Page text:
“I won there in 2013 in Renault 2.0 liter, I was second in 2014 in 3.5, second in 2015 in GP2 and first, again in GP2, in 2016, so it’s a track that seems to work well for me. It’s one of my favorite tracks because it’s very technical, which is something I like. It’s important to get into a good flowing rhythm and on a track with so few straight sections, the driver can really make the difference. With one corner leading straight into another, it’s important to get the flow working, because if you make a mistake at one turn, it has a big impact on the following ones. However, rather like Monaco, overtaking here complicated, therefore qualifying is even more important than usual. In terms of pure driving though, I love it, as there are all sorts of corner types: slow, medium and fast, long corners, heavy braking ones, so it has a bit of everything. Given that I really like it, I can’t wait to find out what it will be like in an F1 car. I reckon it will be a pure pleasure! I’m not bothered about the fact it is going to be extremely hot this weekend, as I am in good shape, even though it has been a long and tough season so far. I’m well prepared for the conditions and I hope we will be able to get a good result to take with us into the summer break. It would be important psychologically for the entire team to pick up some points and we will all be working very hard to achieve that. I love racing, but I think the break will be a good thing, because everyone is quite tired and needs some time at home with the family. It's the perfect moment to cut the season in half and I will be going on holiday with my friends and those that are close to me. But before that, let’s give it everything in Budapest!"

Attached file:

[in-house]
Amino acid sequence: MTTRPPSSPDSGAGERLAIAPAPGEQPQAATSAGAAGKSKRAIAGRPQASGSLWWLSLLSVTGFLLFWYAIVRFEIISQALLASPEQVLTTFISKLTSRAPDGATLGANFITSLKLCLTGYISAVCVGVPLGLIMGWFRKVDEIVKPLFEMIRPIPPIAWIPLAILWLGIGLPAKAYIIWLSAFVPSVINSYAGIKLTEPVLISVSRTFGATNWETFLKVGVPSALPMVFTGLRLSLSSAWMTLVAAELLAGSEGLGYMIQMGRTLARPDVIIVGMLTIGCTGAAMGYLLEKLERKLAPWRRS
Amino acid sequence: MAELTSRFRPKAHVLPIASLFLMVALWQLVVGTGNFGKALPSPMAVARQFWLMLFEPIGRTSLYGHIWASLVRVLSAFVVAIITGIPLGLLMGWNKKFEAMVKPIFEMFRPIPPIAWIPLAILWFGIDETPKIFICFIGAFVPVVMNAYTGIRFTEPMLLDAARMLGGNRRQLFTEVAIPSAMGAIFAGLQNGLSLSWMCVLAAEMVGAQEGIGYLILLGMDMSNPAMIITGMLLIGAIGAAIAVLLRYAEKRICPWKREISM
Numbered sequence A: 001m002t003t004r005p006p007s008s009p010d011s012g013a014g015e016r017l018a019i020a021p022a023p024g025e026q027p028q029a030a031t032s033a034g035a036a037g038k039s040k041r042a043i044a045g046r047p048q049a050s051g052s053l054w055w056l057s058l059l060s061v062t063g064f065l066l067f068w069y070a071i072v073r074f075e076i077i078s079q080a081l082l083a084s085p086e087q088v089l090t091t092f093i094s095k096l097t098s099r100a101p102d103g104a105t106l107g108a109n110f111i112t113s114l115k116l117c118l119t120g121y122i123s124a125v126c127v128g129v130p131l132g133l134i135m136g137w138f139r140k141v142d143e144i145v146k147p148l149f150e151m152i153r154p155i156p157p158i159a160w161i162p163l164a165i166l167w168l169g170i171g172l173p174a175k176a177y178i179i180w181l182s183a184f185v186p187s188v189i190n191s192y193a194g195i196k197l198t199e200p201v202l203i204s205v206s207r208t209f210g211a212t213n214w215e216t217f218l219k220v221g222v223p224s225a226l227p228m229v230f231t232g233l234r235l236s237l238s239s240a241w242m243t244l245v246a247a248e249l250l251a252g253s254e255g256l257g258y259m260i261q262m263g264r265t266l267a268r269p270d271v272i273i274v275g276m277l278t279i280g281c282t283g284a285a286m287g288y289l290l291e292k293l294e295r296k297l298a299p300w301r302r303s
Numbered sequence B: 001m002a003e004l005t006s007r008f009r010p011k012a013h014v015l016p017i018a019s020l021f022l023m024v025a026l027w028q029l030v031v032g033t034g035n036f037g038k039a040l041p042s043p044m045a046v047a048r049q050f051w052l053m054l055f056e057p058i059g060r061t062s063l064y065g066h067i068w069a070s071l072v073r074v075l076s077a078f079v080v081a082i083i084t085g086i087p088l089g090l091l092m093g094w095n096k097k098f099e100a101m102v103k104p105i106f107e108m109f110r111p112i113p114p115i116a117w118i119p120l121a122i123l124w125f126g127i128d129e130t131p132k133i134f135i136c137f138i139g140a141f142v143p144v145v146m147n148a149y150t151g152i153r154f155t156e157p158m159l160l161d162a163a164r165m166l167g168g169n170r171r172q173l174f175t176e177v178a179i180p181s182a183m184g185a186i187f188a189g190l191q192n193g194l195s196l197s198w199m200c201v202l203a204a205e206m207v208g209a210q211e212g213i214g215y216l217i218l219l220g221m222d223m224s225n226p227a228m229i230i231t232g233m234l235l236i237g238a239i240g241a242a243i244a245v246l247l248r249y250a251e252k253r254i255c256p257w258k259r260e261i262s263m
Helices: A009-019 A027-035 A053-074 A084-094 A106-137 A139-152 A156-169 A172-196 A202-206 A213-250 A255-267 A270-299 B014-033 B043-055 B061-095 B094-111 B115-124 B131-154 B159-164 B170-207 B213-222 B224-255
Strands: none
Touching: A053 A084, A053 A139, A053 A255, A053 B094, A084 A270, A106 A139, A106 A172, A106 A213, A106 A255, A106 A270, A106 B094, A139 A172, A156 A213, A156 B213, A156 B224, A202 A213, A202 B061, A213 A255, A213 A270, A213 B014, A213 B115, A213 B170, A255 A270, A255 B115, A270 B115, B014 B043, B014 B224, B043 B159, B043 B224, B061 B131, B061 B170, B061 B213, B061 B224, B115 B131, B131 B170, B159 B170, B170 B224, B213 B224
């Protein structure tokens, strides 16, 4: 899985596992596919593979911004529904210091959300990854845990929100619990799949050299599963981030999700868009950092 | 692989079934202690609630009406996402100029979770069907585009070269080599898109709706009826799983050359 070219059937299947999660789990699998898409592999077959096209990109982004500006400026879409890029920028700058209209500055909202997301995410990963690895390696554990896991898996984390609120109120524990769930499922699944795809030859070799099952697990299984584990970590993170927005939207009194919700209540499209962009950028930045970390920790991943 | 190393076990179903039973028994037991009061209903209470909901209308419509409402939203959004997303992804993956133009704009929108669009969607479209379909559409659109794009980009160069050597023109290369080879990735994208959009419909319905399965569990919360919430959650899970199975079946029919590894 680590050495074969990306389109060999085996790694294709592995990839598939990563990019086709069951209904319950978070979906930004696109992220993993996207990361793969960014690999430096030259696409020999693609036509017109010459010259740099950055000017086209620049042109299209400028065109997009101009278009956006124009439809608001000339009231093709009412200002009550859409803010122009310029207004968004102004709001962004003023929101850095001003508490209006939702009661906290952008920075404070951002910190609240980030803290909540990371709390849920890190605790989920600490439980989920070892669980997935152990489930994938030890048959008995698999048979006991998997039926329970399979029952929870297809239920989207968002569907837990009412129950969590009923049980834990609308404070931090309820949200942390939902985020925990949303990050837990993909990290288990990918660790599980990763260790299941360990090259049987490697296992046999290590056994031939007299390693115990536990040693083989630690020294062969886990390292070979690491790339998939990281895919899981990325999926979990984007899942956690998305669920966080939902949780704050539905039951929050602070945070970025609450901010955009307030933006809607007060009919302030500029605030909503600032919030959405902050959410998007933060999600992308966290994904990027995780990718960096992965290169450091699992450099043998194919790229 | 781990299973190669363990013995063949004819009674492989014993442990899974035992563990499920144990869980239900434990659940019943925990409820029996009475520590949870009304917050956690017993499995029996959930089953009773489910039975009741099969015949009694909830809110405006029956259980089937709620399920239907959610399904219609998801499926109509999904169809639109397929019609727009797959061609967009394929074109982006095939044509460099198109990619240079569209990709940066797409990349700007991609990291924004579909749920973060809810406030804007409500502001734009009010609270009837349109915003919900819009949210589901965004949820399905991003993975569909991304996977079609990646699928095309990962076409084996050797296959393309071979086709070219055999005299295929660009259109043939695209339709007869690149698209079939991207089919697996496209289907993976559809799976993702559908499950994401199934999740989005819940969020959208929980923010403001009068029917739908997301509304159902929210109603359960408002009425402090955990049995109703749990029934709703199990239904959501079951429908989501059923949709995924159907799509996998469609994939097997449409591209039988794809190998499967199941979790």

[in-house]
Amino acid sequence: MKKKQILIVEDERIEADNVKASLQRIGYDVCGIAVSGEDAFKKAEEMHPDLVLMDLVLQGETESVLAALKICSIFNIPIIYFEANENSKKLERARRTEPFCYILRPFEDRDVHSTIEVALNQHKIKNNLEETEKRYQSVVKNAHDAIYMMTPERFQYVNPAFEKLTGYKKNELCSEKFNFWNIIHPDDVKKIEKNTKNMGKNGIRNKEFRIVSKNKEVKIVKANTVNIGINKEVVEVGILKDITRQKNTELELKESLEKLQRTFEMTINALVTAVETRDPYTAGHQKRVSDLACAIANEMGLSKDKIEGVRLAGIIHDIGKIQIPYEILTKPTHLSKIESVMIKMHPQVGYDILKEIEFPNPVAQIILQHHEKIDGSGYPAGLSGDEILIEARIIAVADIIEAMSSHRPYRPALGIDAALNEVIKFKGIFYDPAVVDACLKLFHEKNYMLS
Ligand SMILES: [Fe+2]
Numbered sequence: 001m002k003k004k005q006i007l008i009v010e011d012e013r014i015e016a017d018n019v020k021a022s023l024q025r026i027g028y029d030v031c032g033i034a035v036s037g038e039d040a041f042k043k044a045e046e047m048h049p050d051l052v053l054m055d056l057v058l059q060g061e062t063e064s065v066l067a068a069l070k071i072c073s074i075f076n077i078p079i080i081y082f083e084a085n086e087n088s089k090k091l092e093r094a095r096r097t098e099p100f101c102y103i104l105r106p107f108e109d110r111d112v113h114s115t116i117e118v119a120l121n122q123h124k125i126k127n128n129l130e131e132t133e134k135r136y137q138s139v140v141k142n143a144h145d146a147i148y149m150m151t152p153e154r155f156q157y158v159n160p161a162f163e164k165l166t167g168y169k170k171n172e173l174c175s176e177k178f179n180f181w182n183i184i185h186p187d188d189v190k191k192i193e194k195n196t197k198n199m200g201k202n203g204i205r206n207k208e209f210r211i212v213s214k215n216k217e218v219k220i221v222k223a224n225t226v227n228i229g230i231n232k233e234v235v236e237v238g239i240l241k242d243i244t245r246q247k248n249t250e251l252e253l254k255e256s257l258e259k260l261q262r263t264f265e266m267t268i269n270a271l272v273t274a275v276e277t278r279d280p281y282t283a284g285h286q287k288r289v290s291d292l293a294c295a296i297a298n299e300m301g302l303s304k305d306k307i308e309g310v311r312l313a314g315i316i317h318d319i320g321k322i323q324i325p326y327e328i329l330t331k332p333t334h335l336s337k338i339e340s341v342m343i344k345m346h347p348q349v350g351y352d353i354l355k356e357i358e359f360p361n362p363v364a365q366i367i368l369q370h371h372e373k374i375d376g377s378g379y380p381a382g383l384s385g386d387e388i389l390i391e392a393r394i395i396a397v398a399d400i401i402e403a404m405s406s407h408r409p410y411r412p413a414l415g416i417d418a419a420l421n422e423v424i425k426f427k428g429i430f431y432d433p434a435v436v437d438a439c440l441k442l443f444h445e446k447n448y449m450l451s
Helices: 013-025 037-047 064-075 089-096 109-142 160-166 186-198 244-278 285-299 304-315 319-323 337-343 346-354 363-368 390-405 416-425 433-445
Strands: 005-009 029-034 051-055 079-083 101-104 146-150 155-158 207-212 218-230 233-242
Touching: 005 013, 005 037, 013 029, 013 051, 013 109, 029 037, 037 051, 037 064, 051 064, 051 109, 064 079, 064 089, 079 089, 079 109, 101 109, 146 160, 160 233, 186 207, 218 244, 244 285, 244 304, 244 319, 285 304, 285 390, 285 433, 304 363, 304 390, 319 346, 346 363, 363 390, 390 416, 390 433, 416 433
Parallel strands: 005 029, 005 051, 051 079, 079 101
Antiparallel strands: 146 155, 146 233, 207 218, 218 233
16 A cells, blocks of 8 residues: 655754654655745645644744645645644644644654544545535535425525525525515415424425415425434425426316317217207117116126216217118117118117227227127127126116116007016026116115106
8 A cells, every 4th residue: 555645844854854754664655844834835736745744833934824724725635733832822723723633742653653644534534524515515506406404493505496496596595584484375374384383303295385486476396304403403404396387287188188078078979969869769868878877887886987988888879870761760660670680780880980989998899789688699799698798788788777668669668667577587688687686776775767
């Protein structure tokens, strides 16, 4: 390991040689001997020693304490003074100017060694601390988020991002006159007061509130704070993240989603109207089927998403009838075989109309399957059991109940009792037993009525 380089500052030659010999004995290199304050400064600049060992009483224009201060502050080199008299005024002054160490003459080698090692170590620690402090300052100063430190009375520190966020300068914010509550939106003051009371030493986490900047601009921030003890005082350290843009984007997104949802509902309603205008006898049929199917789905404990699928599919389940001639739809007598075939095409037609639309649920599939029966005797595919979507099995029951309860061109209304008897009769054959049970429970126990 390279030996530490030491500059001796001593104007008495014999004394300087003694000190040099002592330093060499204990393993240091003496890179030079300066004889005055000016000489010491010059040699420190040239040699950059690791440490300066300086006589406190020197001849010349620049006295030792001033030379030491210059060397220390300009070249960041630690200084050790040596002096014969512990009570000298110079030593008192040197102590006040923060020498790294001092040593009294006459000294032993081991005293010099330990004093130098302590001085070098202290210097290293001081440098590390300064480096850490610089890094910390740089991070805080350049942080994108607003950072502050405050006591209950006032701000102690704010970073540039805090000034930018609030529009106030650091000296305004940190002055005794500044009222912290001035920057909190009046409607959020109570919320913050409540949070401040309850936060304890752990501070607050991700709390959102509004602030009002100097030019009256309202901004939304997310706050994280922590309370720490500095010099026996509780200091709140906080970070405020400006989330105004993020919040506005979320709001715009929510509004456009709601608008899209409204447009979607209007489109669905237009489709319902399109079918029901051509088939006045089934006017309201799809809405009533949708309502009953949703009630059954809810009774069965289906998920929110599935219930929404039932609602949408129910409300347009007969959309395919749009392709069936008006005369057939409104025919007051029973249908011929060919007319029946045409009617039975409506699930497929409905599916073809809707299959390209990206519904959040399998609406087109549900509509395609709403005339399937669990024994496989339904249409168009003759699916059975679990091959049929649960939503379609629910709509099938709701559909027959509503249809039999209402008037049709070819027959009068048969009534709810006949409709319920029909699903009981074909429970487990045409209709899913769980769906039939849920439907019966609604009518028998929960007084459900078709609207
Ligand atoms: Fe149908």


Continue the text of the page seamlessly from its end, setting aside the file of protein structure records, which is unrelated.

Featured this Week: Chasing Pit Stop Perfection

Vettel in the pits
Vettel in the pits